Things to Know: Cellphones (part two)Tokyo, Spring 2012
In this post I would like to discuss both the IES method of procuring a cellphone, and the method I used when I was last in Japan.
1. The IES Method (Picell)
Pros: Incoming calls are cheap. SMS messages (incoming & outgoing) are cheap. Free calls to anyone else using the same plan (I’m not entirely positive on this, so don’t quote me!). You can make international calls (but they’re expensive!). IES brings the company to you, so signing up is super easy!
Cons: Ugly (friends complained about quality…and it is a really ugly phone), rented phone (if you break it, you buy it!). Outgoing calls are not so cheap. No data usage.
All in all, this method is probably the best if you don’t intend to talk on the phone (particularly to your Japanese friends). If you simply text back and forth, you’re good to go! I had a few friends that got by paying very little on this plan (around 15 dollars a month?) and then other friends who really paid for it (over a hundred dollars for a month). So, before you chose this plan, think hard about whether or not you intend to use your phone like crazy.
2. My method (prepaid phone)
Pros: Your very own pretty phone! Free incoming and outgoing SMS! Free email from phone to phone, or phone to computer (VERY helpful for when I wanted to just shoot my mom a message and didn’t have access to a computer. She could also message me back to my phone, so it was like we were texting each other!). Free incoming calls. You control how much money you use.
Cons: Initial phone cost is expensive. Outgoing calls are (very) expensive. No data.
A few of us used this method during my first semester abroad and we all loved it. We got to buy our own phone, which meant if we wanted a really awesome, high tech phone, we could get it! My phone (the cheapest option!) cost me around $130 dollars, but it had a super nice camera, tons of features, and was sleek and cool-looking. I got to personalize it with all the stickers I wanted, too. I was able to control the amount of money I put on the phone ($30 and $50 phone cards available) and as long as I didn’t make any calls, my level of money stayed the same. However, if you intend to use this method, there is one thing you should know: you must apply for the phone WITHIN the airport (at the Softbank center). This process can take up to 2 hours and they usually don’t speak great English. If you don’t apply for it in the airport, you will have to wait until you get your foreigner registration card, which may not be issued until after the deadline IES has set for procuring a cellphone. I had a few friends who got the Picell phone first, then got their card, and then went to buy their own prepaid phone – so you can do it that way as well. Oh, and I almost forgot. You must be 20 years of age OR have a friend willing to put the phone under their name for you (I had to do it for a friend).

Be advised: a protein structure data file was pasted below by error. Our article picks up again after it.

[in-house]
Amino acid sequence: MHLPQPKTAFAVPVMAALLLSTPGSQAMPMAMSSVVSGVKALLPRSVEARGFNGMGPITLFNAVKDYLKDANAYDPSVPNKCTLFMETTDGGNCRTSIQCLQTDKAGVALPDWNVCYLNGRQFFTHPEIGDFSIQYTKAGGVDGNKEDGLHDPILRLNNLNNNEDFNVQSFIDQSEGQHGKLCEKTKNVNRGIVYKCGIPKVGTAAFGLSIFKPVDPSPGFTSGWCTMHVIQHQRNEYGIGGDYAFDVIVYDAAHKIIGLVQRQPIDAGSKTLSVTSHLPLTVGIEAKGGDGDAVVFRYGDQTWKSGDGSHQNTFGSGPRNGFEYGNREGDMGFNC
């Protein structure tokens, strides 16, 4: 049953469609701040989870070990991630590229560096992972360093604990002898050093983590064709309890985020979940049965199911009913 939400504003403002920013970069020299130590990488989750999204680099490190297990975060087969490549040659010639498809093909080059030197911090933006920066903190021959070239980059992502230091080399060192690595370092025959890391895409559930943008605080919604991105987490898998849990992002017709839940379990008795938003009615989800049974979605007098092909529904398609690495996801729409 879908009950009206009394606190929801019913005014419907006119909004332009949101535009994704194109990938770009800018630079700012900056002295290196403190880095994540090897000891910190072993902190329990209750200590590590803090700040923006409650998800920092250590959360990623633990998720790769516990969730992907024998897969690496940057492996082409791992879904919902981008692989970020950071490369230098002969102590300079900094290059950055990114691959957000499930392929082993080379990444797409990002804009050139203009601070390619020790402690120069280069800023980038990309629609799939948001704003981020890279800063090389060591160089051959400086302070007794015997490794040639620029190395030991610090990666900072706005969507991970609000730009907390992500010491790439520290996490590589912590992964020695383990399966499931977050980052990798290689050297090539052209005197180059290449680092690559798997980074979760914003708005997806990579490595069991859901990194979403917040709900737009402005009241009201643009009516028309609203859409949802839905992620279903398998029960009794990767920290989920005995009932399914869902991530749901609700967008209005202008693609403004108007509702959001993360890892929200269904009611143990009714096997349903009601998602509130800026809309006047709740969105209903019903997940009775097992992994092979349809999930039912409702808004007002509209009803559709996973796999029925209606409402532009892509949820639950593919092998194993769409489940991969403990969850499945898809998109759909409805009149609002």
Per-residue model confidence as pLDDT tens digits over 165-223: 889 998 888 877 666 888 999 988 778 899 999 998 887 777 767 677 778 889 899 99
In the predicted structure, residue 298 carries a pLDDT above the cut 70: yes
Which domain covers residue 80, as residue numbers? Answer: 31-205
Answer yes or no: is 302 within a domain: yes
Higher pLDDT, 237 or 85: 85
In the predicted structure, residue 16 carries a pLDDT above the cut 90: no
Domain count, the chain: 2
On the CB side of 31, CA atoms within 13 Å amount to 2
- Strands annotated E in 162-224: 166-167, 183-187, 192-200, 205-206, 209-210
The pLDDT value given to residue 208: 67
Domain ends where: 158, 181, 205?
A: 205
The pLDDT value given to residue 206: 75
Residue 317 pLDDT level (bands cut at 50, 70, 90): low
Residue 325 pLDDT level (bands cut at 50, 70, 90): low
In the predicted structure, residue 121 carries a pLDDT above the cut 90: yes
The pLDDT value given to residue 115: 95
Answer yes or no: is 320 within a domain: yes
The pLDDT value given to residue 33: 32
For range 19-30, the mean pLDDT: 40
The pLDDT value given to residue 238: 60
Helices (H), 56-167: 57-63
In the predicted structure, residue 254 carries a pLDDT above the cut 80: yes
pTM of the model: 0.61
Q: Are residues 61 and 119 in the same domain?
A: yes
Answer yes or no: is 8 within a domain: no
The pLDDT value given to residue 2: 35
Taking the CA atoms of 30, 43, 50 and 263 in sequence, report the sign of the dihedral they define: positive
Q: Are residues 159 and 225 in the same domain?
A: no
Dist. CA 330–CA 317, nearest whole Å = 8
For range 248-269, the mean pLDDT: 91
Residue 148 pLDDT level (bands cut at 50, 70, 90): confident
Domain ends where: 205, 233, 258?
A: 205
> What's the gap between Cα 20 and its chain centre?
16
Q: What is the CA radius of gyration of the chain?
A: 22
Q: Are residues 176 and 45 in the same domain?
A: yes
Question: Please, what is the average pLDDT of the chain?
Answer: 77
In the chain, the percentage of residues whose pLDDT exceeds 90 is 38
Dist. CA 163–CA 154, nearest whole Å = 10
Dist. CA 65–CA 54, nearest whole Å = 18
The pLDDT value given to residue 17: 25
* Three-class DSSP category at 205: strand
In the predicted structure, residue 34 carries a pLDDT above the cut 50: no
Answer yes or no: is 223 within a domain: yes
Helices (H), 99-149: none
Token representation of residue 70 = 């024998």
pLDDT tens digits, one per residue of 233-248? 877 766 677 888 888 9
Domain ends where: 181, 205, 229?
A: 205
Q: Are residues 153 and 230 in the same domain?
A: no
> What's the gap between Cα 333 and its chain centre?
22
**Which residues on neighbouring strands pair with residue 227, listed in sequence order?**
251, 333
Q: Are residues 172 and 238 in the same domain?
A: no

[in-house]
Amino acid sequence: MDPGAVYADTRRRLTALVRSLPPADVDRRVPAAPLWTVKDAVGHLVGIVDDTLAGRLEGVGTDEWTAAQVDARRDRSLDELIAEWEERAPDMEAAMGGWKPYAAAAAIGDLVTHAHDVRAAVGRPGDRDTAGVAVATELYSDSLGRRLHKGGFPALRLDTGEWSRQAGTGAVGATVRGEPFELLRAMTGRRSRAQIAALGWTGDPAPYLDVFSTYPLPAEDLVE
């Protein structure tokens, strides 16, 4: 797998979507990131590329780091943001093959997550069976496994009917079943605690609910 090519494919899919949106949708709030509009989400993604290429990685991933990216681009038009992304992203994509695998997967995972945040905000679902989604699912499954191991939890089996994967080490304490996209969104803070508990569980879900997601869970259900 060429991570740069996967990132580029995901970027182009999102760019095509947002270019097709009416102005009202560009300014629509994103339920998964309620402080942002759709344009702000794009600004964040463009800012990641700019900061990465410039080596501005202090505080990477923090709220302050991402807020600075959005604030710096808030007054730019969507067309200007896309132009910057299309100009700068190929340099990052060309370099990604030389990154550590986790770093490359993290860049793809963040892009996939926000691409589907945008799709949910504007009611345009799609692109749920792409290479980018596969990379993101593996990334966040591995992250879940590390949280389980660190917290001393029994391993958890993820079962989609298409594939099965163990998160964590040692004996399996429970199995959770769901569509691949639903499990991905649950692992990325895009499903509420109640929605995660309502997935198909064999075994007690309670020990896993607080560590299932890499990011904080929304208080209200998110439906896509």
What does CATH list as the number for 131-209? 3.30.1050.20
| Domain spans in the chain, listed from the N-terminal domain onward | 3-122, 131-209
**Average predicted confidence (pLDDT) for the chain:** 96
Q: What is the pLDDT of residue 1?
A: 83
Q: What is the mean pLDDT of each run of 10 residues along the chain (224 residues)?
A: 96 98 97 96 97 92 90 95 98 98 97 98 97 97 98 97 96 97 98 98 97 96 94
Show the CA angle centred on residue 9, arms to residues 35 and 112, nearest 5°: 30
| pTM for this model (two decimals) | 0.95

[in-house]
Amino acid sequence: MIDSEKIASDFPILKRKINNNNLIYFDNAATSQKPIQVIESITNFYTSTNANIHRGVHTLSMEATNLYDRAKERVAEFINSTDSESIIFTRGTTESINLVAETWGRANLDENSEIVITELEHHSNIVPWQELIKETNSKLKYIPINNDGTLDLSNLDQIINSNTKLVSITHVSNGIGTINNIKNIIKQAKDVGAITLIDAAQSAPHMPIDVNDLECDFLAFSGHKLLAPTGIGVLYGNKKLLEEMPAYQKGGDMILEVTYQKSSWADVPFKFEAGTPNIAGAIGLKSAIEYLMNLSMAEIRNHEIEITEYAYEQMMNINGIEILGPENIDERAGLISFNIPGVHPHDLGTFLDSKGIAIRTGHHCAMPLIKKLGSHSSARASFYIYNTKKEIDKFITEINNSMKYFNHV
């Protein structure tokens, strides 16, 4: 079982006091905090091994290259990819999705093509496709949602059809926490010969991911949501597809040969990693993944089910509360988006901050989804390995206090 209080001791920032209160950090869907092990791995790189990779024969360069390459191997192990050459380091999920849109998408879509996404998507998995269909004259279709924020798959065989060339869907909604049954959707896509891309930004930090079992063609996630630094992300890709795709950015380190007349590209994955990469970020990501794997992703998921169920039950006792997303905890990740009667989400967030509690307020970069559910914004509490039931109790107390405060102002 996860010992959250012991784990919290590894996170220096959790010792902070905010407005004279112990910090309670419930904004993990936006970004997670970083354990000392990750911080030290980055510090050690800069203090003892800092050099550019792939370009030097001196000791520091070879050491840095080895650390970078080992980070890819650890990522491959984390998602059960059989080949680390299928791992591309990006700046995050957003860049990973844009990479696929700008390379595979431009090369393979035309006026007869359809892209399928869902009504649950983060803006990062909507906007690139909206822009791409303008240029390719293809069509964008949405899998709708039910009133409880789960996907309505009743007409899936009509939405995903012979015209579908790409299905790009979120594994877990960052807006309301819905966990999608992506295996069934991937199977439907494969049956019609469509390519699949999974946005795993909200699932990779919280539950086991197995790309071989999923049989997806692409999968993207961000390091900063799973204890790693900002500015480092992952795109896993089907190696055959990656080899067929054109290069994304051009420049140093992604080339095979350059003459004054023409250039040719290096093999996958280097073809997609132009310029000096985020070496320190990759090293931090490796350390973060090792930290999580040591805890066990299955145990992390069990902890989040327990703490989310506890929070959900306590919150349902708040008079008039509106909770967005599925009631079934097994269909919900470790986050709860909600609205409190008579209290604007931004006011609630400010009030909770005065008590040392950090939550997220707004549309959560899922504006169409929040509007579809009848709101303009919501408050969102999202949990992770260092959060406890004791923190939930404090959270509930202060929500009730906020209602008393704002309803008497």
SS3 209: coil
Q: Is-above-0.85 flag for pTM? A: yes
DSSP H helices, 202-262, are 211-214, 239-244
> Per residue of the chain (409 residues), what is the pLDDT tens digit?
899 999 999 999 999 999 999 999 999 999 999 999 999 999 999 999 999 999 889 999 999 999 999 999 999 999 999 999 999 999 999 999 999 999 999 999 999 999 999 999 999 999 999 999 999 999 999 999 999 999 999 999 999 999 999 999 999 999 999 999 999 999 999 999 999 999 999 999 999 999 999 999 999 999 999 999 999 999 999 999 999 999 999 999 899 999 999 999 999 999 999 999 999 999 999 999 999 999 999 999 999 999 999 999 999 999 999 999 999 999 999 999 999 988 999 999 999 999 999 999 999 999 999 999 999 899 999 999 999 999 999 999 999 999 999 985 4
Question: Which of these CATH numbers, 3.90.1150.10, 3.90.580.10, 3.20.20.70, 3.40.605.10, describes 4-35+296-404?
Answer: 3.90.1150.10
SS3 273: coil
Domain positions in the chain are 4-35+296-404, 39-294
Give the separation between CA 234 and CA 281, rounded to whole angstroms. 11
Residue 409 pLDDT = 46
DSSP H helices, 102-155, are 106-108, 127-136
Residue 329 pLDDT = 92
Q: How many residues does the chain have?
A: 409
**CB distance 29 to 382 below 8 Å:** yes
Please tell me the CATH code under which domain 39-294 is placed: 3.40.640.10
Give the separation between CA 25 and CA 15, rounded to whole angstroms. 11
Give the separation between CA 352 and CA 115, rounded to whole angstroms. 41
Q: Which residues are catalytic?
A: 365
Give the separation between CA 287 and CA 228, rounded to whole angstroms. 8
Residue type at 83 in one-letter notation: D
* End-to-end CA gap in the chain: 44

For those of you who are going to be in the same program as I am and would like to use the second method, I will be more than happy to meet with you and step you through it.
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